Wednesday, November 08, 2006

Contra Dicta

How is it that I ever stopped going to Nick Piombino's blog? Bad I.

Nick's Contradicta--a winning set of micro-meditations on the interpersonal ethics of making art--condense what was most distinctive about his blog in the days when his good sense and kindness cooled many a flame meme. Nick's aphorisms are more general and abstract now, like pictures from an observation balloon that permit a view of the topography all the blurred little trees occur in below.

Factory School is due to publish a selection of writings from Nick's blog as a book in its Heretical Texts series next year. Nick's committment to blogs as a major force for change in American poetry has always come with a willingness to push the form. He was one of the first bloggers I know of to interleaf his posts with excerpts from old notebooks, carefully chosen to skew the linear sense of time the blog template enforces. (I wonder if the unapologetic "I" that organizes most blogs is a function of the same template feature.)

The new direction of his Contradicta, and the forthcoming "translation" from blog to book, got me thinking about the unique thing that makes blogs blogs, not just online journals. What range of expression can the form accomodate? When does it make sense for a blog to cross over into book (with the risk that runs of making the blog look like a 'pre-book', one step lower on the food chain), and at what point does print kill the shimmer that made blogs so attractive in the first place?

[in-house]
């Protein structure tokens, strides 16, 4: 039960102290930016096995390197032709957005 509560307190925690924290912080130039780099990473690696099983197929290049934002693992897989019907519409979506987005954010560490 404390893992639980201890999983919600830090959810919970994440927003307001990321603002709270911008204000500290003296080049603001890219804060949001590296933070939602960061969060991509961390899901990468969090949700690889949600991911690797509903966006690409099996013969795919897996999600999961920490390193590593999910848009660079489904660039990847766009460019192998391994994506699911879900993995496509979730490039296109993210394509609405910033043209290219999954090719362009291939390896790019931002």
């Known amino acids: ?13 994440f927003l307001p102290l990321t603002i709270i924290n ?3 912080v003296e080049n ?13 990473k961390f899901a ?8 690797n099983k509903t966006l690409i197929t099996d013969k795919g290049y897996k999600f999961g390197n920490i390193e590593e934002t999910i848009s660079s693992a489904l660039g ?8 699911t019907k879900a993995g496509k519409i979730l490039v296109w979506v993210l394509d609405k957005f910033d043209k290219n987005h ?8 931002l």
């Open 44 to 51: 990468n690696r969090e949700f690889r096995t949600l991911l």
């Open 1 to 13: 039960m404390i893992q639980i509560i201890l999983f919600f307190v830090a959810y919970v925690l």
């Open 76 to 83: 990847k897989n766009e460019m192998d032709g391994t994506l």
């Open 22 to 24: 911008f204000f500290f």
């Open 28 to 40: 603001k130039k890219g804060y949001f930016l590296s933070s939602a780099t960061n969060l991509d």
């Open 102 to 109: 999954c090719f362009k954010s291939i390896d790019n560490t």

One criticism of books online is that it's a hassle to read for long stretches at a screen. Yet maybe the main feature that distinguishes blogs from books is their length, and beyond that, the potential for endless content. I'll visit two or three dozen different blogs a day without blinking, but give me a "13 printed pages" Jacket essay, or a 20-page PDF of poems, and I'm out.

It's not just the screen, it's the rhythm of reading you get used to online, where there's always an awareness of OTHER INSTANT CONTENT pressing down on you. Hyperlink to this. Check Google for that. See Wikipedia for the history of the Chilean comic book industry referred to on p. 69. Online, the white space talks, like reading Ulysses with James Joyce over your shoulder to annotate the margins in real time.

One consequence is that poetry as it's conventionally read and received doesn't really cut it on blogs. The slower rhythm imposed by the silent page feels wrong on the Web. Nick's thoughtful Contradicta feel to me like they're evoking a page around them, trying to see if you can conjure the condensare of the aphorism online, where content wants to sprawl.

When Pompeii went down, the ash was so fine that it preserved, unbroken and whole, a single egg.

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